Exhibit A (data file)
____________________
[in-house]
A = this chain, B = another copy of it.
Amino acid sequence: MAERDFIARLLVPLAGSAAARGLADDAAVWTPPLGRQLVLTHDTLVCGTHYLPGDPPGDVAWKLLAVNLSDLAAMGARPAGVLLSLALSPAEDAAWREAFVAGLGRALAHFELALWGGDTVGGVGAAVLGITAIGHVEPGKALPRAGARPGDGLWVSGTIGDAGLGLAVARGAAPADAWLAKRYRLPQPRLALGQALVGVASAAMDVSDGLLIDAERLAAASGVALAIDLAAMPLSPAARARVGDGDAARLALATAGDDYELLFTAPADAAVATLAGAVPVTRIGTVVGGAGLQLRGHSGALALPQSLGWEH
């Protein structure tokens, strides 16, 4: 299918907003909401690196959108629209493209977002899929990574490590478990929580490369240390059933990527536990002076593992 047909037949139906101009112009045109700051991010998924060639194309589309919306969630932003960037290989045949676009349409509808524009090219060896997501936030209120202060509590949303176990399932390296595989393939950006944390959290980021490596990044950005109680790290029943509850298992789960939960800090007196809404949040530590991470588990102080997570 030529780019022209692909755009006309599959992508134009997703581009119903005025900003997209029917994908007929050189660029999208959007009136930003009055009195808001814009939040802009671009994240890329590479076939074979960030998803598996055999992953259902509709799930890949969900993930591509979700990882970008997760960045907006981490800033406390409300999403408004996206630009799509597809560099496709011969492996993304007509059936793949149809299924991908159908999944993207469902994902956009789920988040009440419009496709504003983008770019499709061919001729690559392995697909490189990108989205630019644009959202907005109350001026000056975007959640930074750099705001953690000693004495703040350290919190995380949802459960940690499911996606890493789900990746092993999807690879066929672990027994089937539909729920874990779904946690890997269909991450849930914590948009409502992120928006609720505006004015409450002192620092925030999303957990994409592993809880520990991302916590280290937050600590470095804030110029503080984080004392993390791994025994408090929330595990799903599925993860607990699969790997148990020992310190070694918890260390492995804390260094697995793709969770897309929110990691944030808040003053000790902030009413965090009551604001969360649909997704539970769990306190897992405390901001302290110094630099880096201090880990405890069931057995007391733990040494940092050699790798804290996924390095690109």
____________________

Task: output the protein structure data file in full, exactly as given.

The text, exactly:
[in-house]
A = this chain, B = another copy of it.
Amino acid sequence: MAERDFIARLLVPLAGSAAARGLADDAAVWTPPLGRQLVLTHDTLVCGTHYLPGDPPGDVAWKLLAVNLSDLAAMGARPAGVLLSLALSPAEDAAWREAFVAGLGRALAHFELALWGGDTVGGVGAAVLGITAIGHVEPGKALPRAGARPGDGLWVSGTIGDAGLGLAVARGAAPADAWLAKRYRLPQPRLALGQALVGVASAAMDVSDGLLIDAERLAAASGVALAIDLAAMPLSPAARARVGDGDAARLALATAGDDYELLFTAPADAAVATLAGAVPVTRIGTVVGGAGLQLRGHSGALALPQSLGWEH
């Protein structure tokens, strides 16, 4: 299918907003909401690196959108629209493209977002899929990574490590478990929580490369240390059933990527536990002076593992 047909037949139906101009112009045109700051991010998924060639194309589309919306969630932003960037290989045949676009349409509808524009090219060896997501936030209120202060509590949303176990399932390296595989393939950006944390959290980021490596990044950005109680790290029943509850298992789960939960800090007196809404949040530590991470588990102080997570 030529780019022209692909755009006309599959992508134009997703581009119903005025900003997209029917994908007929050189660029999208959007009136930003009055009195808001814009939040802009671009994240890329590479076939074979960030998803598996055999992953259902509709799930890949969900993930591509979700990882970008997760960045907006981490800033406390409300999403408004996206630009799509597809560099496709011969492996993304007509059936793949149809299924991908159908999944993207469902994902956009789920988040009440419009496709504003983008770019499709061919001729690559392995697909490189990108989205630019644009959202907005109350001026000056975007959640930074750099705001953690000693004495703040350290919190995380949802459960940690499911996606890493789900990746092993999807690879066929672990027994089937539909729920874990779904946690890997269909991450849930914590948009409502992120928006609720505006004015409450002192620092925030999303957990994409592993809880520990991302916590280290937050600590470095804030110029503080984080004392993390791994025994408090929330595990799903599925993860607990699969790997148990020992310190070694918890260390492995804390260094697995793709969770897309929110990691944030808040003053000790902030009413965090009551604001969360649909997704539970769990306190897992405390901001302290110094630099880096201090880990405890069931057995007391733990040494940092050699790798804290996924390095690109």